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; THK ENTERPRISE, WEDNESDAY, JUNE 12. 1889.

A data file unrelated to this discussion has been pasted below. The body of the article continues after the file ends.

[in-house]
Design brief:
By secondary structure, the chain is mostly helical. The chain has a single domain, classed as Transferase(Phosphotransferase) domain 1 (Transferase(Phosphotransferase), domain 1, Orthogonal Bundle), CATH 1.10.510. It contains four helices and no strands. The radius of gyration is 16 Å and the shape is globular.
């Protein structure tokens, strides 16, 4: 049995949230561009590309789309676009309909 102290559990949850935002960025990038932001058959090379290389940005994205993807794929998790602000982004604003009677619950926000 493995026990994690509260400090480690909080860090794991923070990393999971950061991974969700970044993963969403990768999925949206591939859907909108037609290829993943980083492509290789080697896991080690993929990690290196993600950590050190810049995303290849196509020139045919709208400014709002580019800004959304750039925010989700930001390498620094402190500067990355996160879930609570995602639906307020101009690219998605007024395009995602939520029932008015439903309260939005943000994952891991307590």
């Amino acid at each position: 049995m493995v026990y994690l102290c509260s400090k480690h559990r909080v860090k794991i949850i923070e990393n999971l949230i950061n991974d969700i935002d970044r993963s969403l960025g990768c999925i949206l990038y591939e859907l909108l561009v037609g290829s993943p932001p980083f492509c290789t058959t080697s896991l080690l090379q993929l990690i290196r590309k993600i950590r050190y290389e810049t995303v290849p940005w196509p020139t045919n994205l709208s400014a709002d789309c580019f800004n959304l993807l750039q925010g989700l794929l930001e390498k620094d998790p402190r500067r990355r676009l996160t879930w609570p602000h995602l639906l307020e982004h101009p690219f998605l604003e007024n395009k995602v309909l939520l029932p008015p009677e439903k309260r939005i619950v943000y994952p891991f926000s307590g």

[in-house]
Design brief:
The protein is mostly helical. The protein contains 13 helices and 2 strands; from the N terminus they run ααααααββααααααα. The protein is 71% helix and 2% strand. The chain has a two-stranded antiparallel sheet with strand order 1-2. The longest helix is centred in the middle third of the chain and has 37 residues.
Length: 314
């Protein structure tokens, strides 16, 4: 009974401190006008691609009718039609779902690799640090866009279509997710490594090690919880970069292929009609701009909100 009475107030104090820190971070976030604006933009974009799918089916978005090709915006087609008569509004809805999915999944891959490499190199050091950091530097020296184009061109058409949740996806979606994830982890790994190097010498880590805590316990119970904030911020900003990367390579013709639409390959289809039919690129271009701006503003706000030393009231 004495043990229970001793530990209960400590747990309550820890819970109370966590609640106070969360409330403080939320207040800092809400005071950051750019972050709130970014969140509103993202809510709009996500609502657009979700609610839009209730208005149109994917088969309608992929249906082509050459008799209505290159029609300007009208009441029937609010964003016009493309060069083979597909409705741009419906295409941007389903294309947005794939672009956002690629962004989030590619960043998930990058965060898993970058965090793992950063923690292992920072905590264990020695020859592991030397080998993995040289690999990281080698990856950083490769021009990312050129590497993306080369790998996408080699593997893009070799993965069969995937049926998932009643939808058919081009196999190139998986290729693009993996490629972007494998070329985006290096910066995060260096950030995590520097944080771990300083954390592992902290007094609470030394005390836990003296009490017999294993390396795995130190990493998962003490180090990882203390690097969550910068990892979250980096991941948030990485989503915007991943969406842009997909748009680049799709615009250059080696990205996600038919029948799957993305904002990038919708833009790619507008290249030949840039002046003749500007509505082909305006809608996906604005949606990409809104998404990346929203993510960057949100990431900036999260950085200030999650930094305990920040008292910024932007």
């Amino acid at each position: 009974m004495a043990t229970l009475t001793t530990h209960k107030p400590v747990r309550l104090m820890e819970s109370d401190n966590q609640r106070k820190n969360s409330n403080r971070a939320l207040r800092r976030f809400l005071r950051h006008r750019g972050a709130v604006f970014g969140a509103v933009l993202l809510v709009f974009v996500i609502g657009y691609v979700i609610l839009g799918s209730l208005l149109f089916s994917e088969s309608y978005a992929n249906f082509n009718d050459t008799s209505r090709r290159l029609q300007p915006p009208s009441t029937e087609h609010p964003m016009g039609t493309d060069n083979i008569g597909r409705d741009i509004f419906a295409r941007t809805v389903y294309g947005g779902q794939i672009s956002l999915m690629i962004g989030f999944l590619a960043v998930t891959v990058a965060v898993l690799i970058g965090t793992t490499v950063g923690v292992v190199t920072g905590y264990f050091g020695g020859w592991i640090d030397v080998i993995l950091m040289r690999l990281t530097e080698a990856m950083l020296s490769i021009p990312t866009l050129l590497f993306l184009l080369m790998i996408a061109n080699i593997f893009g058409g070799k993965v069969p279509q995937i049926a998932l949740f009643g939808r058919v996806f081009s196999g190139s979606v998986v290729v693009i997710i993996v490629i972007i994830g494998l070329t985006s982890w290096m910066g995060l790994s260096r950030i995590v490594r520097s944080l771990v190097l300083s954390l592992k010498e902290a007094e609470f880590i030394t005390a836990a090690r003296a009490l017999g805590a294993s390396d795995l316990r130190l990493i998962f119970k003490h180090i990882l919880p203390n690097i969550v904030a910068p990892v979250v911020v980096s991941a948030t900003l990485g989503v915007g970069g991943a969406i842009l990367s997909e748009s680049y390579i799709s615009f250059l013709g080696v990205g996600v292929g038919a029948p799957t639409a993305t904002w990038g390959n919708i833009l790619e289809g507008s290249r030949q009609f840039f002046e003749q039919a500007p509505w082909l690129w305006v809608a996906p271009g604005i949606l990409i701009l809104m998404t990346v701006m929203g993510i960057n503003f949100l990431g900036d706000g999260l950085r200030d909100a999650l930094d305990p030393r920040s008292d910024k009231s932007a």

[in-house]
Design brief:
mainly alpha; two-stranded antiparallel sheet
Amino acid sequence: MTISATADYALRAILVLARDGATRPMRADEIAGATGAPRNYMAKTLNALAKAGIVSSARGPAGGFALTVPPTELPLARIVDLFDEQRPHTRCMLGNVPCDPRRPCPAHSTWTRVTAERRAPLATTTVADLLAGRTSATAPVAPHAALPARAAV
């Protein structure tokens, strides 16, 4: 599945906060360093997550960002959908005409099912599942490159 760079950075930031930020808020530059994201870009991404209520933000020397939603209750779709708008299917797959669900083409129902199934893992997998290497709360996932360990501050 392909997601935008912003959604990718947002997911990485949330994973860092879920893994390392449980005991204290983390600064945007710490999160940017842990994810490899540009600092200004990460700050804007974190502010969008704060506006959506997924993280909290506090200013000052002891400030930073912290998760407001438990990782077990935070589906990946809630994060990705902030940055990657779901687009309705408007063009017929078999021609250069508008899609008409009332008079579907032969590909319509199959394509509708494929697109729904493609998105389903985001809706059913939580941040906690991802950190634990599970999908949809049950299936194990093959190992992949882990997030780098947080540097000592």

A . HASTY LOVE-MAKER. Ah, dear Annette, you or ny pet, . . Tha swacUwart that I choose; ' Lightly yon tp ltla'i duteous boots I mesa lite' MauUoui dews, J . And were you mine, my love divine, I'd Brslta u verse and prose. And keep-you e'er from want'ngbo That la, from honutttig woes. As rmallre, I'd surely strlTS To crown our day with Fence, And I would uever eat your cbeeso ' . - What was lrt cheat your com. ' The warm rice South in ado gweet your mouth, Iti kiss who could refuser -I tote to mark Its harming chews Great smoke I It charming hues. "" When I d iscry you going by My dally clerk nu plore, - I love to nark yaur gritty pace I mean, our pretty grace. lore aoflly lies In both your oyea, And do not deem me rash. If I kbould love eaoh lying flash I mean each flying lush, Were I a hard of high regard, .I'd time my raptured lays. And loudly slug your pondoroua ways That Is, your wonderout pra se. But should you frown and oust me down la disappointment drear. You'd put me on my burly ear I mean my early bier. 1 A. W. Dcllaw, In Time. LONE HOLLOW; Or, The Peril of Hie Penroys. A Thrilling and Romantlo Btory of Love and Adventure. Br James m. mihiull, acthoh or "Boors Bill," "Fimheii Job" akd Other Btobiks. ICopvrlyhf, tHS9, bi tin JL 21. K'lltjg Xf paper Company. CHAPTER XXynL-CONTiITiEn. 'Why do you throw that out!" questioned Miss Joyoe, innocently enough. "It needs replenishing," ho answered. "I hope you aroto remain with us now; Grace missed you bo much." ' "I shall remain, and will relieve you of all the caroof my cous n," answered Lura. He went out soon nflcr, leaving tho youn eirl In a flutter of iutenso excitement Bbe barbored a terrible suspicion that sho (hire not whisper to tho sutfcrinsr, unsuspecting Grace. Bbe wun terribly anxious to consult with grave Dr. Colton, but for the time was incapable of formulating a plan of action, since she dared not leave Grace alone for aa hour. She believed that the poor girl had been systematically poisoned, and that now the villainous . aptam wouia not nesi tate to finish his work should she give him the opportunity. "lie must suspect me,"sbo thought, "else he Would not have Uung away that meiu cine. He hones to cover bis tracks, but ho shall not. I have one of the powder and some one who understands chemistry shall examine It" Of coarse that some one could be none other than Dr. Colton. Lura did not leave the room for a moment duriug the re niainder of the afternoon, and when at night, afr the lamps were lit and black Lucy came in, aha drew the colored girl outside and questioned her with regard to Captain ktarbnght. u He's done gone to Sumeflold, miss." '" " It is wed. Now, Luoy, I kuow you bve your young mistress, and that you will do ny thing to serve her." ' ! " 'Deed I does, missus.". '' 44 1 am aware of that, and I want you to make me s solemn promise not to leave this room, aot to permit any one else to enter, until I return. I am going sway and may be gone half the night. It Ca.rtain Star bright la away you're not likeiy to be dis turbed, but even it he should come, do cot permit him to enter. Wlllyoudoaal wish!" "Oood land, missus, how's I goin1 to help H tide Cap's come an' wants to git in t" uttered the black maid, in a tone erinolng her utter helplessness' ' ' ' " But you must not let aim In. Look the door. I have iu I will lock you in this room and tuke the key with me. Ton will 1 agree to that, Lucy !'' " Yes, missus." "Very good." Thon llias Joyce went over to the side of Grace and told nor that she was going away for a short timo, but that she would soon return. "Is this necessary 1" sighed the sick girl "Highly necessary," assured Lura. "1 will be gone but a fow hour. It is for your solto that I am going. I mean to bring you out of this in short order." "I fear it is too lute." "Remember Austin Wentword and be brave," said Lura, in a low tone, and then be kissed the pale check of her cousin and hastened from the room, locking the door behind her. She wa soon in the open air hastening to the stables. Sht found Romoo, who whinnied at the approach of his mistress, and hastily fixing the ssddlo led hint forth Into the starlit night Just then she was startled at fooling a hand touch her ahoulder. "Whither now, Hiss Joycel" It was the voice of Captain Btarbright Lura faced him boldly, though not with out misgivings. Bbe had hoped that he was far away from Lone Hollow at this hour. It was not pleasant to know that her every movement waa so closely watched. "1 moan to absent myself for- a llttll time," answered the girl. "Are you going to Btoncfleldi" "Perhaps." "On what errand I" 1 " That wholly concerns me," retorted the daring girt, turning to reach the saddlo. lie clutched her arm tightly and held bet to the ground. " u Not yet, Lura Joyce," he grated, hashly. "I know you hope to ruin me, but I shall not permit you to do it You can hot go tc Utonefleld to-night" "Can not!" I nave said It" Even aa the defiant word fell from bit Up be staggered backward, with cry ol astonishment and pain. The clinched hand of Lura dealt him a sharp blow in the face that caused him to loosen bia grip on tht Birl's arm. ' , . Like a flash of electricity Lura bounded to the saddle and altered a sharp word tc vTin who shot down into the gloomy hoi low like aa arrow. A muttered imprecation foil from the llpa of the baffled Captain. . CHAPTER XXIX. ' ' . rooaol It was late in the evening when Dr. Col Ion prepared to close up his office and return to his board Ing-plaoe several blocks distant The din and roar of the busy city bad ceased, and solemn stillness reigned save for tht roar of tho river as it fell m a v hito sboet wr the dam at the south end of the town. The doctor bad Just plar I his flnirpi-s D tn'arii off thfl last gat Jet whan his onrwai s-Vd with 4he f'jnrw cVjr pt iore'i hoof coming swiftly down the street He dropped his hand and listened, not deeply surprised to note that tho sound of speeding feet ceased in front of his office. ' " Some one for the - doctor," be muttered, moodily, as If displeased. ' Before be could go to the door It was pushed open and Lura Joyce stood before him, with tangled locks, glowing checks and eyes that seemed ready to spring from their sockets. The sight was unexpected, and caused the good doctor to otter a surprised ejaculation. " ' ' ' - . " on didn't expect to soo me, Arthur!" she cried, quickly. "Iam glad I arrived be fore you left tho office, and doubly glad to find you alone." , - - "What in the name of wjndor brings you here at this . time of night Lura) All the way from Lono Hollow, 1 presume)" "All tho way from Lone Hollow, sir, and on business of the utmost importance. Lock the door and go Into the back office so that no one can interrupt us. I've got to get back to the Hollow on the fly just aa soon as I have your opinion." "You have it now, thjn," he returned with a good-natured laugh. "I consider you the wildest, maddest girl in ten counties-" "Come." Bhs drew him quickly into the next room, where he soon had tho gas lit and then she drew forth a small bit of folded paper and laid it in the doctor's hand. "Tell me what that contains, please." "A small white powder," he said, after opening the paper. "Yes, but what to itl" "Perhaps I may not bo able to tell to night," he returned, tasting it. "But you must tell just as soon as you ran possibly do so," urged tho girl, throw ing herself into a chair, and removing hor jaunt' hut With a good-humored smilo the doctor lit a lamp and retired into a small apartment that ho was pleased to term his labora tory. The time passed slowly to Lura after the departure of the doctor. Bhe was consumed with eagerness and impatience and was soon up pacing tho floor. Blowly the minutes waned. Lura thought of Grace and Lucy, and wondered if Captain Btarbright would en deavor to effect an entrance during her absence. Bhe was in a ferment until Dr. Colton returned after an absence of half an hour. "Weill" questioned the girl, as she gazed into the gravo toco of the doctor. Ho folded the paper and pinched it tightly be tween his fingers and regarded the girl be fore hitn fixedly. " Where did you get this, Lura Joyce!" "At Lono Hollow." " Do you suspect what it is I" "Medicine." " No pnixmt" "I thought ao!" exclaimed Lura. Then she stood for some minutes regarding the ioctor with clasped bands, paling cheeks and labored breathing. "Where did you get iti" again demanded Dr. Colton. "Arthur, I took that powder from a stand in the room occupied by Grace Penroy at Lone Hollow; it is ono of many similar that the has been swallowing during the past three weeks" "Good heavansl This can not be true." ' "It it trurt,i and Grace still lives, al though she ha been sinking day by day under this drug that you say is poison." "But no physician would be guilty of such indiscretion, such criminality," cried the doctor. ' "No, perbapa not; but Captain Btar bright' s band 1 in this, and Grace would have been dead in forty-eight hoars had I not mode this discovery." Then Lura proceeded to give all the par ticulars in the case to one who proved to be a most Interested listener. "It is time to chock that villain in his career of crime," said the doctor, when he bad heard and digested the story of Lura Joyce. "Yes. You will assist me to that end, Dr. Colton!" "You know I will." For fully an hour the girl and the doctor talked, at the end of which time Ills Joyoe left the office, mounted Romeo, who re mained waiting patiently for the return of fas mistress, and galloped swiftly oa her re turn to Lone Hollow. The girl had made horrible discovery, and she re allied that It had come none too soon It might be even bow too late to save poor Grace Penroy. No one wa about the premises when Lura Joyce rod into the yard. Bhe hastily dis mounted, led Romeo into hi stall and then iped to the house. Bhe found the outer door locked. Bhe at once passed to the kitchen to find this se cured against her. Then back to the great front door she sped and rang the bell, twice she sounded the bell ere the door was oponed. "Bo yon are back again, Miss Joyoe I" It wa Captain Btarbright Hi voice was pleasant enough, however, and he seemed to have been roused from a sound sleep, since he yawned and rubbed bis eye. "It's pretty note for you to be galloping over the country at such uncanny hours, Hiss Joyce. I think I shall forbid It In th future. Mrs. Penroy ha been terribly worried about you." How cool be waa after what had happened earlier in the evening. -Indeed," retorted Lura. "And you have worried, too, no doubt, betwixt hope and fear1. I( I'd broken my neck you would be profoundly happy." "You continue to think harshly of me, my dear girt." "You are deserving of it" 'I protest that you wrong ma" "How is Graael" "I can not tell you. I haven't been per mitted to visit the sick-room. It I con trary to your ordors, I am told. How humble we poor mule bipeds have to be when there' a woman running affairs." There was a tinge of sarcasm in hi deeply-modulated voice that did not escape the notice ol L.ura. one reauiea mat me man ahe had to deal with was not an ordinary one; that he waa cunning and slippery aa an eel, and to-nlgbt sbe bad learned that he was conscienceless. "I will go up at onoe," returned Lura. He detained ber with a touob. " Lura, how long Is this to conlinuo!" His question sounded like a demand. " How long Is what to continue!" "This impudent interference on your part Certainly you must be aware how dis tasteful it is to me. Iam virtually master here and may not choose to tolerate your insolent interference." It was dark in the ball and she could not see bis face, but she guessed readily the ugly look that rested there. Although his voice did not tremble, she realized that be waa terribly angry. Bbe wa angry a woll and her face ihowed it, but the darkness was as kind to ber aa to him. " This i my house, sir," she retorted with all the calmness she could assume, with the hot blood of Indignation beating fiercely against cheek and brow. "Morgan Vandiblo Invited me bere,and until his granddaughter order me benoe, I propose to mn!in It my home. No one has a better right to euro for Grace than L and you willoullga me mur-h by keeping your finger outlrely out 'if tht pie.". Bhe eluded hla hand then, and awept up the stairs to the door of toe siok-room . Bhe quickly fitted" the key and unlocked the door. Lncy was snoring in herohair, and Grace, with wide open, restless eyes, lay quietly in her place. . " Oh, Lura, cousin, I am ao glad you have come. Somebody has twice tried the door during the night, and and I haven't been able to sleep. You won't leave me again, dear, will youl" ... . . - "No, Oracle. You can count on me from this time on. I went to town to consult a doctor with regard to your case." "You are very kind, and I arn so selfish," murmured the sick girl, and then she began to cry. "Nonsense, Gracie, I am the one that is selfish," soothed Lura, kissing her cousin tenderly. And then came a light rap on the door. It proved to bo Captain Btarbright to in quire after the sick girL , "The miserable hypocrite," thought Lura after he had gone. Bhe remembered the discovery she had made that night, and she could only regard the Captain with feelings of the utmost loathing Dr. Colton bad sent medicine by Lura to be given at stated intervals, for the purpose of counteracting the poison that Grace had boon swallowing during the past three weeks, and had promised to come over him self within a short time and personally take charge of the case. : Of course it was impossible for. Li'ra Joyce to be always with bar. patient, but usually she contrived to leave the black maid in the room whoa she was absent, if only for a few minutes. Grace foil decidedly bolter in twenty-four hours after beginning the new. treatment proscribed by Dr. Colton. ' Ol course Cap tain Btarbright realized that Lura bod as sumed to doctor Graco, but he did not know of the discoveries she had imado. Be had become impatient and uneasy, howev er, and waa anxious to have the tragedy come to a speedy termination. " A drop of Motbor Cabcra'a cough drops will do it I will risk It, and put this un certainty at rest forever," reasoned the scheming Captain. One afternoon, while Lucy sut in the room alone with Graco, Captain Btarbright put his head into the room, and said: " Lucy, your mistress is feeling bad and wants you to come to hor at onoe." "Missus Lura I" "Mrs. Ponroy." "Deed, massa "Go at once," ordered the Captain, and as the maid stood in deadly terror of him when ho was angry, she forgot ber promise to Lura Joyce and loft the room. Captain Btarbright stood alono. He hurriedly closed and locked the door, then walked over and glanced at Grace, who, be waa glad to noto, lay in a semi-unconscious doze. "At last I" he muttered. Then be turned hurriedly to the little stand which contained a glass half filled with water and some viols. He lifted the glass, glanced at it an in stant, then drew from his pocket a small glass-stoppered vial and poured a few drops into the glass of water. "That will do the work at onoe and leave no trace. I was a fool not to hare resorted to the wift method before." .. Booreting the vial, he bent over the bed. "Grace, just a sip of this, please." With one band be lifted the grrl's head, and passed forward tho glass with the other.- "What is it!" questioned the sick girl, wearily, not fully comprehending. "A little cordial that Lura prepared." Grace opened her hps to partake. ' " Stop, Grace, for your llf o t TAers'i draM n Ou giant" uttered a voice, husky with intense excitement-. : CHAPTER XXX. AN ArrsHlTlOK. ' Captain Btarbright started back with a wfld thrill of alarm at hi heart The voice seemed at bia vsry elbow, and in hisnerv ouMxcitemont he dropped the glass to tho floor. . i It was shattered, and the poison dissipated over the carpet ' Grace lay breathing hotly, quite as startled as the Captain. ' Luia had aot as yet dared whisper her suspicions to the sick girl, and ao the accusing voice frightened Grace almost to fainting. "What waa hr' questioned Grace, after an Instant of terror. . . Captain Btarbright turned swiftly to tb door without reply. He realized now that the warning must have been stent through the keyhole. He crossed the carpet, turned the key In the lock and opening the door sprang quickly into th upper hall. Not ton feet distant he saw th form of a man mov ing swiftly away. He recognized th intruder a Louis Kngal "Halt there, you scoundrel I" But the young hunter evidently wished to avoid the Captain, and began moving at a swifter gait Then the Captain started in pursuit resolved on bringing the fellow tc account for hi interference. Down th hall, op a flight of narrow stair to the garret th young hunter fled, and ber in the shadows the Captain lost hit enemy. Be groped about for fully half aa hour ere he gave up the search. A he descended the garret stair ha came full upon Lura Joyce, "What In the name of all that 1 lovely wsro yon doIngupyonder.Captainl" the girl demanded, with a piercing look. ' "Did you see him." "See whom!" "That Infernal hunter, FingaL" "Of course not The young fellow-1 t gentleman. What an idea, to think of look ing in a garret for a gentlomaa friend ol the family. I bcllevo you are going crazy. Captain Btarbright" and Lura at the last indulged in an amused and tantalizing laugh. "I begin to think ao myaslf," h answered, striding fiercely awsy. - Lura hurried swiftly to the sick chamber. Sbe found Grace alone, the broken tumbler on the carpet Gathering the ragged frag ment the girl placed them on th stand, then resumed her seat beside Grace, who seemed deeply excited, as her pale cheek were flushed, and there wa an unusual glitter of tho gray eyes. "Did you hear it! Do you know!" ques tioned the sick girt in tremulous accents. ' "I know all about it You had a narrow escape, Grace, but don't wotry ore it now ; the danger is past" - "Danger! Was it really true " . "Yea, dear. ; Fin gal told dm. Ho is my friend and yours," "Klngal! Was it he who spoke of-of the water being poisoned I" "Yea, dear. Ho has consented to remain on the premises for ailme. The Captain i a bad man, but do not worry over that now." Tho sick girl closed ber eyes and tried to collect her scattered thought. It wa a task, however, that sho was not likaly to accomplish.' W.icn Lucy roturnod from Mrs. Ponroy, who wa still too ill to leave her room, Lura reprimanded berforloaving Gra.ee alrmo. ' "But Missus Pen sent for me." "Itdoosn't matter. ' I want you to remem ber and obey tm," said Lura Joyce, sharply. "Deed I will, missus."- '-. - "be that yon ds.- Whoa I am absent you must go from this room oa no errand wbn'ovor. Will you remember!" ' h-n. -Y, ttlssUi.'V Boon after Lura Joyce was pacing the upper ball, with nervous steps and. a thoughtiul expression of countenance, . ; "Why doesn't Dr. Colton come!" mur mured the girl, impatiently. "The time is ripe for the work, and he assured me that he would be here before this. I dare not trust myself away from here now. The Captain is becoming desperate. He hope to see Grace die, and then Auotln Wont word would sufloV either imprisonment or death for tho crime of murder that I actually believe Btarbright himself, or an accomplice, committed " Uneasy was the henrt of Lura. The day waned and night fell with ae doctor. In the afternoon Captain Btarbright loft the vicinity of Lone Hollow on foot Ho, too, was gloomy and dissatisfied. The im mense fortune luy almost within his grasp, yet not near enough to seize. "Lura Joyce has tbua far proved my evil genias," muttered the Captain. "I would certainly have long since been In undisputed possession of the Vandiblo fortune but for her. Fool that I was to ever pay court to such a strong-minded woman. Bhe follow me like a cat, watches and suspects some thing wrong always. I believe she knowa that Graoe was dying from a subtle poison, and haa determined to thwart, perhaps to crush me. But I am too clever to permit a girl to corner me. I will crush ber and that young hunter, Fingal. He, too, seems to be in the league against me. Confound Gripes I He ought to have put that will through tho court before this." The Captain followed the path that led to the Cabera cabin. When he reached the place ho tried the door. It opened to bia touch and he entered. Ho found the place deserted. Tho Caberas bad gone, he know not whither, and he hoped that hemlghtnot see them again. If one of tbem lived, how ever, be knew that he might expect a visit at the end of six months. fro BE CONTIMOED.1 . THE AROMA OF LIFE. A Few rialn Wonls About the Charms of Qracloas Manners. Beauty bath its charms, hut the charms of gracious manners for outweigh them. Tho manners that express a kindly, sympa thetic heart, open to the inHuence of an other personality as the flower to the sun, and as unconsciously giving bock its own fragrance, are a gift that far outshines physical graces. Who of us have not for gotten a plain face, or seen it grow beauti ful, under tho witchery of beautiful man ncrs, the expression of a well-poised mind! Learning can be acquired, politennss ma bo cultivated, but manner is the expression of the nature, and brings the object to its own level, at least for the moment We go out from the presence of gentle manners at peace with-the world. Home of ns carry tho ideal or perfect graoe with us, aspiring but never reaching, saying with Petrarch: "I have once beheld on earth angelic man ners and celestial charms, whose very re membrance is a delight and an infliction, since it makes all thinga else appear but dream and shadow." Tennyson says: "Kind nature ia best;" for he knew that offense could never come where the heart felt the brotherhood of man. What is rudeness but a disregard of anoth er's rights! What is discourtesy but a dis regard for another's feelings I Who that lores bis neighbor as himself ever give offense! We think of culture as the high est form of the Intellectual, but it ia perfect only aa the heart has kept pace with the head, and aees in its own de velopment a new responsibility, a new debt to the world. Manners are the expression of our nature. Manners are nature; politeness, veneering; and he is a dullard who is notable to distinguish. Let us lose the phrase: Learn to be polite, and say, rather: " Cultivate the heart and head, that tba stature of a perfect nun may h reached." True manner sees the limita tions of another's temperament and oppor tunity, and loaves them untrammeleja, knowing every man baa hla own code of morals and politeness which only individual development can ' change, feeling with Goethe: " We arrive best at true toleratioei when we let pasa individual peouUariUea, whether of persons or peoples, without quarreling with them, holding fait, never theless, to the conviction that genuine ex cellence is distinguished by this mark, that it belongs to all mankind." Christian Union. .' ' ' NATURAL COWARDICE. Oetanal Dudley Tails the atory of a M dlr Afflrct4 with Ik . Talking about courage and oowsrdioe at the club the other day, aays the Washing ton Post, Colonel Dudley remarked that ho always had as muoh sympathy with a cow ardly man as be bad admiration for a brave one, for be thought nerve was a natural at tribute to man, Just like a taste for art, the gift of acquiring languages, or musical tal ent. One man may have a gift for music, while his next-door neighbor may not be able to tell one note from another. Bo one man may be a natural coward, while bis brother or bis cousin may be born without the aonse of fear. "I had a case in my own regiment, the Nineteenth Indiana," continued Colonel Dudley. "A young follow by the name of Woods, who was bright, well educated and came from one of tho most respectable families in Indiana. He was a good camp soldier, but we were never able to get him into a battle. The sound of explosives or the sight of blood would throw blm Into hyster ics of fear, and when he was placed in a po sition of danger he would become uncoo- trollable-tomporarily Insane. Finally be deserted, went over into the rebel lines, and then came back with a suit of gray on, expecting that be would be sent to some Northern prison as a Confederate. But be was identified, tried by oourt-martial, and sentenced to be shot as a desortor. He waa shot, and, strangely euough, on the day of bis execution, for the first time In his Ufa, he behaved like a hero. I never saw a man exhibit the nerve he did. He refused to have bis eyes bandaged, but stood up beside his coffin and looked straight into the barrols of the muskets that were pointed at his heart He made aa anto-mortcin statement, in which he clalrue l that his desertion wm not due to luck of loyalty, but to bodily ear. He thought he could get out of the army that way, and 1 believe his words were true." Uow They Dress. Miss Coulter-Ob, dear! I'm afraid I'll be late. Mother, won't you coma help Ma ria pull on this corset! I'll never get dressed at this rate. There, that wilt do niooly. i Whew I Give me a moment to see il I oaa breathe in it Yes. . Now bringme my paper-solo walking-shoes. They look rather thin fur wet weather; but it can't be helped. I eouldnt drag myself along in heavy shoes, with the weight of this new street costume to carry,' It neerjy breaks my back. -There, rm rsadyr -i Mrs.Coultar Where are you going! Miss Coulter To the 'Modern Progress Society roeotlng. I am to' read a paper on 'Woman's Weakness Due to Man's Tyran ny." Puck.' v l. j ..!;. J ...-.u , ' CaUtou.vu is by for the largest wool pro. duoing Btutet wrtb Tens ana uum follow- tr ft took and aacit, aad Dew Mask a treed The Oldest Furniture Store in Town, raying uu od competitors ana sun lives. Furniture of all designs can be had at our rooms at living prices. Undertaking attended to with the usual promptness, accompanied by a Funeral Director. REP -A. SPECIALTT, ' ' A. G. & G. L. COUCH. STEP THIS W AY please, and examine the I have just purchased for the In order to hold the trade, goods must be selected for the season and then sell them before . the season closes, hence nothing is carried over. My stock i clean and kept in a clean place and my patrons shall have the benefit 01 clean prices. USE Pioneer Prepared Paints If you aro going to paint, use T. II. tfevin Co.'s Pioneer Prepared Paint. It is the Cheapest and Best. It J is ready mixed, and any one can put it n. One "3 gallon will cover 250 square feet two coats. It ia made of Lead and Zinc, consequently it is the best.' It forms a good hard . glossy surface, which rain does- . not affect before drying, and will not crack or peel off. . '-, ' If you want a Pure Mixed Paint, a paint guaranteed to" give satisfaction, use Pioneer Prepared Pai.it. ' FOR SALE BY . 'druggist: NEW GOODS. D. M. Hall, Has on hand a full stock of NEW SPRING GOODS. ''.- , . ., . ... ,.. i , "We would call special attention to our new stock of "Wall Paper, which is the largest and best assortment ever offered in Brighton and at extreme low prices . llcmember wc make a specialty of Boots and Shoes. Our new spring stock is in and no tetter goods was ever shown1 for the money. We keep a full stock of Dry Goods, Groceries, Boots and Shoes, "Wall Paper, examine. My carta have alreudy been introduced into nearly hulf the States in the Union, are giving raost e cellent satisfaction. 1 manufacture six different styles as shown below: .' . No. 1 is a one passenger Cart with a slut battom. No. 2 is a one pass, anger Cart with a square body in place of slats. , No. 8 is a two pass enger Cart with a slat bottom. No. 4 is a two passenger Cart with a square' body in place of slats. - No 5 is a two passenger Cart with squre body with closed up back and with box four (nohes deep with an dpening'on top. No.C is a Polo Cart. ... ... T. Doland. Is At SolUri to a Kobtw O0.1, awl (not tijH) a f aramt Out mill k mi ha Int half Soar 1 awkni la as s bmm Su. a L tiZ k t. f. lilfFT a itnm Swlt ia Mi onw ui M Is tunar s tnur foMouoa una a sms. saito naUJof . turf oai tola chaarlDat . at kalaa m swH (aaas M, kM alM 1 ft ItU aVx aot look auatlJIM , 7 . jgPfrWHr ' -a..-..-. Brighton, O., Hardware, &c. Call and aalhS TOWEk'S VMM MtANB asasi BJ SU(VK7 s saw fcmllMr arary Cra-bnjr aJlorar rti.la4. widiauai tU omtf aartaat WlaS an4 Waterproof Catll,Twr'i rt BranSilciar." fast fa g laj 111 BoMftar, anruarauiraiaaaar aamwaaill., Unw-afMa. ' V ' 4- . tt-Mk.. . ' f a 'fa,. . , . ..... 1.1, '' "i- "